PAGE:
Farmers embrace another bumper harvest

Oaklands farmer Andrew Nixon getting the job done. Mr Nixon was averaging a yield of 7 tonnes per hectare of barley before Christmas.

Local farmers are counting their blessings despite recent rain challenges as the 2021 harvest comes close to completion.

Extreme weather conditions including widespread rain in recent weeks caused delays and quality downgrades. Fortunately, grain farmers had finished most winter crop harvesting when the region was inundated by 60mm to more than 200mm of rain in less than 48-hours.

Despite the inclement weather brought on by a La Niña system, strong yields, solid quality and good prices are still predicted across much of the country.

Daysdale farmer Denis Tomlinson wrapped up harvest last Wednesday and said this year looked to be another strong year.

“Yields were pretty good across our canola, wheat and barley crops, so we are pretty happy,” Mr Tomlinson told the Free Press.

“Harvest was delayed a fair bit thanks to late season rain. We had some downgrading of wheat and barley due to the rain in November and early December but overall, we are very pleased with the 2021 harvest.

“The yields are slightly better than last year, and canola prices are also stronger than last year, cereal prices for downgraded grain are probably similar to what we received in 2019.”

Before Christmas, Oaklands farmer Andrew Nixon was averaging a yield of 7 tonnes per hectare of barley in a new Case IH 8250 header.

Mr Nixon along with his brother James and father Richard, maintain a busy cropping operation comprising wheat, barley, canola, maize and rice.

Harvesting finished on 1800ha of canola in late November, producing another above average result of 2.7 tonnes to the hectare, a great outcome considering the record prices at present.

Mr Nixon said the heavy rain and flooding in the region in November had, “knocked the quality of the crops around a bit but wasn’t too bad”. They certainly counted themselves lucky compared to the flood damage experienced in other regions of NSW at the time.

“We’re a bit worried about the quality of the wheat – some of it’s a little shot and sprung. But we know we have some good and some bad, so it’s just a matter of segregating the two and trying to market them the way they are,” he said.

Rennie district crop farmer Craig Marshall hadn’t quite finished harvest prior to last week’s deluge, and despite some damage he said it was still an “extremely good harvest.”

“We are very happy with yields. The quality is not as good as it could be, but overall, still very happy,” he said.

“There have been a few delays mostly because it was a late start. We also seemed to have copped every thunderstorm here. We had 55mm of rain on Thursday and 50mm nearly two weeks ago, so there were plenty of half days of work.

Despite the weather interruptions, Mr Marshall said this harvest was slightly improved on last year.

“Price-wise it’s better than 2020. I said to one of my son’s last year ‘you won’t see another season like that’ and then we followed it up with a slightly better year,”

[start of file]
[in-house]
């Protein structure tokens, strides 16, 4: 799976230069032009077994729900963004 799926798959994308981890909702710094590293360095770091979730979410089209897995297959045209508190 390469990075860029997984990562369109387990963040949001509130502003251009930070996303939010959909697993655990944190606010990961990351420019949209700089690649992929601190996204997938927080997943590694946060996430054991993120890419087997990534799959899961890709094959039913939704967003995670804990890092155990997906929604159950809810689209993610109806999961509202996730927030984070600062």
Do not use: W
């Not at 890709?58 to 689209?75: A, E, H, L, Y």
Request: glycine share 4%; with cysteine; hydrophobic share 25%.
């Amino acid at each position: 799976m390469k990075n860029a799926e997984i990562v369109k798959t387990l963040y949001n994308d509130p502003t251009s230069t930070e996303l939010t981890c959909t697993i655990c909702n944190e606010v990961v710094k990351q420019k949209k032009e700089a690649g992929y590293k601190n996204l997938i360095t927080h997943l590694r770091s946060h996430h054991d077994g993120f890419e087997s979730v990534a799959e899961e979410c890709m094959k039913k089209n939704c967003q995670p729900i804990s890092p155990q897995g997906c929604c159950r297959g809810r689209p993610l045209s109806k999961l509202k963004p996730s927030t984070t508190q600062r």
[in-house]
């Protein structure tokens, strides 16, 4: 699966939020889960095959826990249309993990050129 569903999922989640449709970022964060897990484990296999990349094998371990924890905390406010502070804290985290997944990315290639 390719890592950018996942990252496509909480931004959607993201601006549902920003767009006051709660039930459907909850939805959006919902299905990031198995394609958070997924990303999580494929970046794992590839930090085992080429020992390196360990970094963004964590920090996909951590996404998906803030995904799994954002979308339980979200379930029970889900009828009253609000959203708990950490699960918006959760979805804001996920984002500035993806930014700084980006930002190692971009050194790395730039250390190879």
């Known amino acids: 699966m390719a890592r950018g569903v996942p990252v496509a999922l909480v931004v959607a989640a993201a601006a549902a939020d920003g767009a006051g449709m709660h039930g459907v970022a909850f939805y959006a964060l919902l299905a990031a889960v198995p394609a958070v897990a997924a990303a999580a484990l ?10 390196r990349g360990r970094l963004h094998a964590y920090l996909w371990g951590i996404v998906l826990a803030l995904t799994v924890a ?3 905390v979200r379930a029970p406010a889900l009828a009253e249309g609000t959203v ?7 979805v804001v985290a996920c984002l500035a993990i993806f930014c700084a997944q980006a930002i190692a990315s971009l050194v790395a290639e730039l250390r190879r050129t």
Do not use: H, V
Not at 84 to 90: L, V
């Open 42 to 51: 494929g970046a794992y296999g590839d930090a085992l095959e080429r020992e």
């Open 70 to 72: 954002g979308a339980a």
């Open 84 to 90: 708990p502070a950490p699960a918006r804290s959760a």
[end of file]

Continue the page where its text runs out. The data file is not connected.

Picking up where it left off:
“It’s a big season. We have had extremely big canola yields and very good wheat and barely crops. There has been plenty of 7-tonne wheat crops and 8-tonne barley crops, hence why we aren’t quite finished harvest.”

Despite the rain affected harvest, GrainCorp receivals have continued strongly throughout NSW and Victoria over the festive season, with over two million tonnes of grain received since December 20, making it one of the busiest holiday receival periods on record.

To date, NSW has received over 7,242,900 tonnes if grain while Victoria has received 3,451,740 tonnes.

Australian Bureau of Agricultural and Resource Economics and Sciences (ABARES) Executive Director Dr Jared Greenville said the December Australian Crop Report forecasts 2021–22 winter crop production to reach a record 58.4 million tonnes following favourable growing conditions over spring.

“The national record is driven by expected all-time high production in Western Australia and the second highest on record in New South Wales. Production in other states is also well above average,” Dr Greenville said.

“This reflects favourable growing conditions over spring which have helped to boost already high production prospects at the end of winter.

“Record production of wheat (34.4 million tonnes) and canola (5.7 million tonnes) is expected. Production of barley is forecast to be the second highest on record (13.3 million tonnes).

“A series of heavy rainfall events during November has delayed the harvest of winter crops across New South Wales and Queensland likely leading to a fall in grain quality in unharvested crops.

“Flooding in northern and central parts of New South Wales has also resulted in production losses for some producers, but this is not expected to significantly affect state totals.

“There’s good news when it comes to mice, with increased baiting on farms during winter and spring reducing populations in affected regions, and there have been no reports of significant damage.

“A La Niña event became established in the tropical Pacific during November, increasing the chance of above average rainfall across much of northern and eastern Australia during summer.

“This above average rainfall outlook for New South Wales and Queensland, coupled with well above average rootzone soil moisture levels, may lead to further quality downgrades and some crop losses due to flooding, limited paddock access to complete winter harvest activities, and complete summer planting programs.

“The area planted to summer crops in 2021–22 is forecast to increase by 36 per cent to reach 1.4 million hectares, due to favourable soil moisture levels in late spring and high water storage levels.

“The area planted to cotton is expected to increase the most, driven by better returns to cotton compared to other summer crops.”